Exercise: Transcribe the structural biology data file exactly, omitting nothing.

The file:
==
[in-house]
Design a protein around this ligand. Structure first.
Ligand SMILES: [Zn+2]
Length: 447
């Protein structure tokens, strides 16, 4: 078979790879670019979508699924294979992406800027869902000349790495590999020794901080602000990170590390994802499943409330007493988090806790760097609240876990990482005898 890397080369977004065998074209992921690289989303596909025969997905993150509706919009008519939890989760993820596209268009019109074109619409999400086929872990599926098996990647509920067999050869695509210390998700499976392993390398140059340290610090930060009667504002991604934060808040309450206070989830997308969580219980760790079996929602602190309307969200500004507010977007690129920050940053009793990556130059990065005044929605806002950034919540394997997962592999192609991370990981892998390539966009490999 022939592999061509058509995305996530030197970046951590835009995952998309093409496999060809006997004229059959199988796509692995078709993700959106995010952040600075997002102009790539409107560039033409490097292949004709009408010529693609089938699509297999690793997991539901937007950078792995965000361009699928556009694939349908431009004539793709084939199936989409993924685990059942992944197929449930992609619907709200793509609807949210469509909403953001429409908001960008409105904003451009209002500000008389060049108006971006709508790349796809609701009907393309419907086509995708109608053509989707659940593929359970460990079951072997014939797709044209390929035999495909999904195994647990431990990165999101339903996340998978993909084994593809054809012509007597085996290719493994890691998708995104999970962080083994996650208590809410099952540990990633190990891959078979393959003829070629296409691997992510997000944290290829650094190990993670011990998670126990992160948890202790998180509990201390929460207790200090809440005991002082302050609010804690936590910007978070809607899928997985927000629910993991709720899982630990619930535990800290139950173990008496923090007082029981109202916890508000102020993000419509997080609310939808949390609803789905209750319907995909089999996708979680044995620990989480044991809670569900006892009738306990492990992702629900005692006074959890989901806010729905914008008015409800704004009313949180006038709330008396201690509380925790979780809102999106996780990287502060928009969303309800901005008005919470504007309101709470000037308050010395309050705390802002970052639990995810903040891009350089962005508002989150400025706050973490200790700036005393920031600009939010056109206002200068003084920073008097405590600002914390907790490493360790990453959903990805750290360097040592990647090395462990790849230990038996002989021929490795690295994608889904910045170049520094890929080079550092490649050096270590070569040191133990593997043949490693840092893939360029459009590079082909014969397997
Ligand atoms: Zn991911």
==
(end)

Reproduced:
[in-house]
Design a protein around this ligand. Structure first.
Ligand SMILES: [Zn+2]
Length: 447
């Protein structure tokens, strides 16, 4: 078979790879670019979508699924294979992406800027869902000349790495590999020794901080602000990170590390994802499943409330007493988090806790760097609240876990990482005898 890397080369977004065998074209992921690289989303596909025969997905993150509706919009008519939890989760993820596209268009019109074109619409999400086929872990599926098996990647509920067999050869695509210390998700499976392993390398140059340290610090930060009667504002991604934060808040309450206070989830997308969580219980760790079996929602602190309307969200500004507010977007690129920050940053009793990556130059990065005044929605806002950034919540394997997962592999192609991370990981892998390539966009490999 022939592999061509058509995305996530030197970046951590835009995952998309093409496999060809006997004229059959199988796509692995078709993700959106995010952040600075997002102009790539409107560039033409490097292949004709009408010529693609089938699509297999690793997991539901937007950078792995965000361009699928556009694939349908431009004539793709084939199936989409993924685990059942992944197929449930992609619907709200793509609807949210469509909403953001429409908001960008409105904003451009209002500000008389060049108006971006709508790349796809609701009907393309419907086509995708109608053509989707659940593929359970460990079951072997014939797709044209390929035999495909999904195994647990431990990165999101339903996340998978993909084994593809054809012509007597085996290719493994890691998708995104999970962080083994996650208590809410099952540990990633190990891959078979393959003829070629296409691997992510997000944290290829650094190990993670011990998670126990992160948890202790998180509990201390929460207790200090809440005991002082302050609010804690936590910007978070809607899928997985927000629910993991709720899982630990619930535990800290139950173990008496923090007082029981109202916890508000102020993000419509997080609310939808949390609803789905209750319907995909089999996708979680044995620990989480044991809670569900006892009738306990492990992702629900005692006074959890989901806010729905914008008015409800704004009313949180006038709330008396201690509380925790979780809102999106996780990287502060928009969303309800901005008005919470504007309101709470000037308050010395309050705390802002970052639990995810903040891009350089962005508002989150400025706050973490200790700036005393920031600009939010056109206002200068003084920073008097405590600002914390907790490493360790990453959903990805750290360097040592990647090395462990790849230990038996002989021929490795690295994608889904910045170049520094890929080079550092490649050096270590070569040191133990593997043949490693840092893939360029459009590079082909014969397997
Ligand atoms: Zn991911």